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Ritter Planetarium at UToledo Reopens to the Public July 9

The University of Toledo Ritter Planetarium is reopening to the public to transport families through space and time to view the wonders of the universe.

The first program, “Firefall,” will be shown on the full dome every Friday at 8:30 p.m. from July 9 through Aug. 27.

The immersive show explores how impacts from comets and asteroids have shaped Earth’s history.

“We are really excited about the reopening because it means we get to share the wonders of the night sky with the Toledo community again,” said Dr. Michael Cushing, professor of physics and astronomy and director of UToledo Ritter Planetarium.

“Firefall” is about civilization’s beginnings in the hostile environment of space and how the ancient barrage continues today from harmless meteors — those brilliant streaks in the night sky — to mountain-sized boulders wandering perilously close to Earth.

Terrifying and majestic, these invaders from space are capable of utter destruction yet they have delivered life-giving water and most of the organic materials necessary for life.

Admission to the programs is $8 for adults and $6 for children, senior citizens and UToledo community members. All children younger than 4 are free. Doors will open 30 minutes prior to the show.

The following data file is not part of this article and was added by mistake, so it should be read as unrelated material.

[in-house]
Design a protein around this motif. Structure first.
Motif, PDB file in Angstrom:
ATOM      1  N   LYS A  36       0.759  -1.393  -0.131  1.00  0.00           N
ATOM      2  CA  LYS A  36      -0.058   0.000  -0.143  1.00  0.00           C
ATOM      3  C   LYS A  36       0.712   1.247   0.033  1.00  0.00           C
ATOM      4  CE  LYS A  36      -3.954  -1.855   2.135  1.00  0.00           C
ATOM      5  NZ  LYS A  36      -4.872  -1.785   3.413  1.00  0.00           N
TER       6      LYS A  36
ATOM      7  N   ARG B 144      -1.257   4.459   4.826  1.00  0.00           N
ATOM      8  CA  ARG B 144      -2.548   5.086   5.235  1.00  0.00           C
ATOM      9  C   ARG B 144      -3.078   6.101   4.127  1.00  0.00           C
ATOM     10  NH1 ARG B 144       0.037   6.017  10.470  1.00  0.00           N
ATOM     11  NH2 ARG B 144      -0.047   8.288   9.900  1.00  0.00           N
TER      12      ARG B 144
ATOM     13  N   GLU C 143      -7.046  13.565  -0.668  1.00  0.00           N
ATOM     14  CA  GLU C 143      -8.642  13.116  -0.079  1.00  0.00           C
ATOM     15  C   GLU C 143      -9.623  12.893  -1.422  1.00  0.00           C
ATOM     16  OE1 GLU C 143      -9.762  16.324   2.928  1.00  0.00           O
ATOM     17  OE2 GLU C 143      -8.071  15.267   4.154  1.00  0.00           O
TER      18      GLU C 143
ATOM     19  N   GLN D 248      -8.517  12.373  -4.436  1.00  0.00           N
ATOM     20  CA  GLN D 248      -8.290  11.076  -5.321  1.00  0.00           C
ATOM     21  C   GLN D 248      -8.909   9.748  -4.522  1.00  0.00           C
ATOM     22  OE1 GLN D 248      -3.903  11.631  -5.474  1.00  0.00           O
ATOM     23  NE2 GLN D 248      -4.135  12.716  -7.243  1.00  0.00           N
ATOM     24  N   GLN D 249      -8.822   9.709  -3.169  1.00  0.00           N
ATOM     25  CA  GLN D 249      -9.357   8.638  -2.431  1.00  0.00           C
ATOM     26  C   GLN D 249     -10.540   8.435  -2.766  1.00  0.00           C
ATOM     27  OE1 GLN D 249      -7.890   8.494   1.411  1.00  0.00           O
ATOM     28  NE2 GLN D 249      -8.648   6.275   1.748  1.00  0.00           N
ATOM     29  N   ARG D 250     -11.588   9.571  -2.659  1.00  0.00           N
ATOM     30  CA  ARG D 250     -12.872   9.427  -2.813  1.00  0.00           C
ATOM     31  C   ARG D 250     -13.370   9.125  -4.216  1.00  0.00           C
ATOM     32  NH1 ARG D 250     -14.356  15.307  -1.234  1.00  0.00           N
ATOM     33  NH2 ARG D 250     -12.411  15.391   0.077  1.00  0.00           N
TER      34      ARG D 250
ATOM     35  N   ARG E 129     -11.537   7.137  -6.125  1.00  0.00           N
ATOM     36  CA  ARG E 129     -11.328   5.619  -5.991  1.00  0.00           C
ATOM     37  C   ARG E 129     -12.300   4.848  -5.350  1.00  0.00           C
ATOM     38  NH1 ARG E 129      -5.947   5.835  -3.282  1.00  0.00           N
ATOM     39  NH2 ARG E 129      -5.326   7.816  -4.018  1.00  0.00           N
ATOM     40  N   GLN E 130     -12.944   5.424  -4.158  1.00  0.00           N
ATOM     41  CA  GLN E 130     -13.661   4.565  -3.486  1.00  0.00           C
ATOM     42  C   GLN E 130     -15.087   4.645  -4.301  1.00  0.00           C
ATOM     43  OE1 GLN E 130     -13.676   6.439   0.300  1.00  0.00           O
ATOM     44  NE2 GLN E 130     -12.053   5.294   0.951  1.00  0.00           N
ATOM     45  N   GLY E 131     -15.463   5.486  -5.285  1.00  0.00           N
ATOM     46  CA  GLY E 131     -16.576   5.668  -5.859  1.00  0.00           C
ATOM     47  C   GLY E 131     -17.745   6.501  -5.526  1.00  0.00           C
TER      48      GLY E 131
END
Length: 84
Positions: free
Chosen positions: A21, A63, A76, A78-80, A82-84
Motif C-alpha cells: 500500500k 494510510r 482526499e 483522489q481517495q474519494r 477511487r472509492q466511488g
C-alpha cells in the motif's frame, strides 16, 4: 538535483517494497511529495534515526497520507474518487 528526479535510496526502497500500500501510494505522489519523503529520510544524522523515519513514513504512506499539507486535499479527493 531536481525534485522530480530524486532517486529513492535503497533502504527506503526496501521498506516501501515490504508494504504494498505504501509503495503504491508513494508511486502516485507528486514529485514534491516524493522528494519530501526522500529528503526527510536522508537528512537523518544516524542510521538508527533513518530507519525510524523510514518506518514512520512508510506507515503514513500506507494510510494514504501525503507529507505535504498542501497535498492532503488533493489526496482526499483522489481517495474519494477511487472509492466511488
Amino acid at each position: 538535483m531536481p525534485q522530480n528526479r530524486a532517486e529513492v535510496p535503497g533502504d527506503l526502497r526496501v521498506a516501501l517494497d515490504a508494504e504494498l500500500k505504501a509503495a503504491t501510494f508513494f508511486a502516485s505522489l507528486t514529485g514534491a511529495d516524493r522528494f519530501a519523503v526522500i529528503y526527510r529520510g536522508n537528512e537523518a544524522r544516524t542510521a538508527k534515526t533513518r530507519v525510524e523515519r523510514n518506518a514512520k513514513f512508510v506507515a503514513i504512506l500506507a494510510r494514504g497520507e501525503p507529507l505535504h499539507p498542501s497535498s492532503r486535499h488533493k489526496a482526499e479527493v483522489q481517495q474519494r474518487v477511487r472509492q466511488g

Alex Mak, associate director of Ritter Planetarium and an alumnus of UToledo, is retiring June 30.

“The re-opening is bittersweet,” Cushing said. “Alex has been the heart and soul of Ritter Planetarium for 30 years, and his never-ending enthusiasm for both educating and inspiring the public about astronomy and science will be missed.”

Heidi Kuchta, a UToledo alumna who received her bachelor’s degree in physics and geology and her master’s degree in an accelerated teaching program in the Judith Herb College of Education, will replace Mak as associate director.

Kuchta started working as an assistant at Ritter Planetarium seven years ago as a freshman and has worked to find creative ways to inspire and motivate children to engage with science.

“Heidi has been an indispensable member of our team for years, and we look forward to having her step into a leadership role,” Cushing said.

Visit Ritter Planetarium’s website for more information about “Firefall” and other upcoming programs.


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